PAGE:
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Policy Statement 494 - Public Transportation

 

Approved by the Transportation Policy Committee on May 22, 2017
Approved by the Public Policy Committee on June 4, 2017
Adopted by the Board of Direction on July 29, 2017

Policy

The American Society of Civil Engineers (ASCE) supports the robust funding, planning, design, construction, operation, and long-term maintenance of public transportation systems as a key components of a comprehensive, multi-modal transportation system. Further, ASCE:

  • Recommends the federal government, through US. Department of Transportation and the Federal Transit Administration policymaking, funding, and programmatic initiatives, continue to support the improvement and continued operations of public transportation in the United States.
  • Urges the federal government to continue to financially support public transportation through a portion at least as large as the existing Transit account's share of the federal Highway Trust Fund.
  • Encourages additional investment in public transportation from all levels of government, in order to reduce the substantial and growing backlog of rehabilitation needs.
  • Urges governments and transit systems to budget for and fund critical maintenance projects and use asset management best practices to prioritize projects to achieve a state of good repair.

Issue

The ASCE 2017 Infrastructure Report Card gave the nation's transit systems a D- a decrease from a D in 2013. America's public transit infrastructure plays a vital role in our economy, providing vital mobility options to millions of people in urban and rural communities.

Demand for public transportation in the United States is at a historic high. American transit systems carried 10.5 billion passenger trips in 2015 (Federal Transit Administration, 2015 National Transit Summary and Trends). This is a 33% increase from 20 years ago, when transit carried 7.9 billion trips (American Public Transportation Association, 2016 Fact Book Appendix). Eleven percent of American adults reported taking public transportation on a daily or weekly basis in 2015 (Pew Research Center). Communities across the country are planning for new rail lines, extending existing rail lines, launching commuter bus and train services, and expanding bus routes into areas never before served by transit in response to roadway traffic congestion, increasing ridership, social equity, community livability, and environmental sustainability. From 2004 to 2014, 26% more urban route miles of rail modes became available, with light rail and commuter rail seeing almost all of the growth, as well as 11% more urban route miles in non-rail modes (American Public Transportation Association, 2016 Fact Book Appendix). This time period also saw a 17% increase in the number of passenger stations.  In turn, new transit options frequently lead to new development and redevelopment in the surrounding area.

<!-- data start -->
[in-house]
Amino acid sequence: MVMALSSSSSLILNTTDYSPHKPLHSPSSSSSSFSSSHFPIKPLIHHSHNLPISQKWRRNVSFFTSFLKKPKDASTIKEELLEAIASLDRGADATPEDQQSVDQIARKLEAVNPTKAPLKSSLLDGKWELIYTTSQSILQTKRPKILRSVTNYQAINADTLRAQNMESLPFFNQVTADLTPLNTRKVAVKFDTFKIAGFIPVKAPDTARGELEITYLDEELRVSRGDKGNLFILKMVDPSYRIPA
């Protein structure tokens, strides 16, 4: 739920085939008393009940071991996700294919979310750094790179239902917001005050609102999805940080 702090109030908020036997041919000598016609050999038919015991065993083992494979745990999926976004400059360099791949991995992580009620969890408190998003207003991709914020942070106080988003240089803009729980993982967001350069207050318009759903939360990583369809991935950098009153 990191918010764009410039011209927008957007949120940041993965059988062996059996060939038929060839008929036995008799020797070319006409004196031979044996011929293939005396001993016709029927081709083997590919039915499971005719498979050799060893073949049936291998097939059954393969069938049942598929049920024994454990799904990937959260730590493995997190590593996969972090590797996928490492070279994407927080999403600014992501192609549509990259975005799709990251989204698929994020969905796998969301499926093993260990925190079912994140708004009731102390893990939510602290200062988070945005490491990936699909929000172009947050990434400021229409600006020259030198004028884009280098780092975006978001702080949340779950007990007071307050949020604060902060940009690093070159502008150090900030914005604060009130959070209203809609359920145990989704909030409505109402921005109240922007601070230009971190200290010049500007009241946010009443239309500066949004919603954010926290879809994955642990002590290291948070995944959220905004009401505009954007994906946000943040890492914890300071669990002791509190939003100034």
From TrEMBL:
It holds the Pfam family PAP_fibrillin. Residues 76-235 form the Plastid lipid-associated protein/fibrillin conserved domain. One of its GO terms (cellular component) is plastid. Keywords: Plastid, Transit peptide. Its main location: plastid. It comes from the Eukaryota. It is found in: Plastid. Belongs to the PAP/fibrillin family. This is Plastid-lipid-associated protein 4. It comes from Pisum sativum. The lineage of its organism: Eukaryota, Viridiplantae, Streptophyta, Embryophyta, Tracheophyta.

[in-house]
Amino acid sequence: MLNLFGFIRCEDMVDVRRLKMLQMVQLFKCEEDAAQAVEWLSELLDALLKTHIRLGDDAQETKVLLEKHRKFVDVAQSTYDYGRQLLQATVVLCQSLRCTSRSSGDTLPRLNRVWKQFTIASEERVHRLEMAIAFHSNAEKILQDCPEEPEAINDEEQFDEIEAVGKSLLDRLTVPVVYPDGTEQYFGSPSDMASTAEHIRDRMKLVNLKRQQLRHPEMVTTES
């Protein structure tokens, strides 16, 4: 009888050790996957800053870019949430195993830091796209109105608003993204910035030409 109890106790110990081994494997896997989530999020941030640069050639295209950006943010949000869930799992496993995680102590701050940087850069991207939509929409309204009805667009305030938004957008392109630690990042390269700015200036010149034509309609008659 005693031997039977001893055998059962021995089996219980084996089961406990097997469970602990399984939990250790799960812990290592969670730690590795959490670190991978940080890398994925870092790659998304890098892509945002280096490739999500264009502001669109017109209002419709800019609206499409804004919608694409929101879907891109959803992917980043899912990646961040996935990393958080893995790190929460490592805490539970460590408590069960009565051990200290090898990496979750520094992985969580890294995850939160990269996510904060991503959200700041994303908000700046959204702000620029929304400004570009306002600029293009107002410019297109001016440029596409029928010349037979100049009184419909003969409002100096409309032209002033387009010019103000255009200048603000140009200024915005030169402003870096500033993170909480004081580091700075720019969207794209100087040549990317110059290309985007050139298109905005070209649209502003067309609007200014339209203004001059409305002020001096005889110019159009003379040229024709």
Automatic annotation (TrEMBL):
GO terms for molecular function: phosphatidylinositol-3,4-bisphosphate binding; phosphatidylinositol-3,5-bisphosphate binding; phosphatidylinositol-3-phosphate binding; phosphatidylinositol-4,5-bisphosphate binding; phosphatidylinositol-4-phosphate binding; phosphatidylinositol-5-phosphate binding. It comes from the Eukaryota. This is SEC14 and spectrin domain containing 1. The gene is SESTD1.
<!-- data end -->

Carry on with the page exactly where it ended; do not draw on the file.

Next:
The benefits of public transportation are numerous:

  • Demand responsive transit programs provide mobility to elderly individuals and people with disabilities who would otherwise be stranded at home.
  • As highway congestion increases drivers are switching to public transportation to save money and time.  
  • Low-income workers and their families depend on transit to reach jobs and daily necessities.
  • Many commuters prefer the convenience of taking transit, even if they have other transportation choices.
  • Businesses gain greater access to workers who themselves have more reliable commutes.  
  • Fewer automobile commuters can mean more efficient goods movement, as well as cleaner air.
  • Property values in neighborhoods close to quality transit service have held steady or improved.
  • The nation as a whole benefits from reduced reliance on oil and reduced carbon emissions.
  • Building and operating transit could be a source of job creation. 

The demand for, and benefits of, public transportation are evident, and sustaining and expanding public transportation options would seem an obvious course. However, in many locations insufficient funding has put public transit agencies under tremendous pressure, even forcing some to reduce or eliminate service. Long deferred maintenance and capital projects have led to a $90 billion transit rehabilitation backlog nationally, which has affected the condition and performance of transit systems (USDOT, 2015 Conditions & Performance Report).  According to the most recent data available, 10% of the nation's urban bus fleet and 3% of the nation's rail fleet are not in a "state of good repair."  Transit's physical infrastructure fairs considerably worse: 15% of facilities (e.g., maintenance facilities), 17% of systems (e.g., power, signal, communications, fare collecting) 35% of guideway elements (e.g., tracks), and 37% of stations are not in a "state of good repair" (USDOT, 2015 Conditions & Performance Report).  

Rationale  

Continuing the expansion and improving the condition of existing public transportation infrastructure is necessary to meet travel demand and provide the safe, convenient, and affordable travel services expected by the public. An efficient public transportation system can enhance mobility, mitigate traffic congestion, enhance air and water quality, conserve fuel, reduce carbon emissions, help sustain economic development, and promote more sustainable communities. 

ASCE Policy Statement 494
First Approved in 2002

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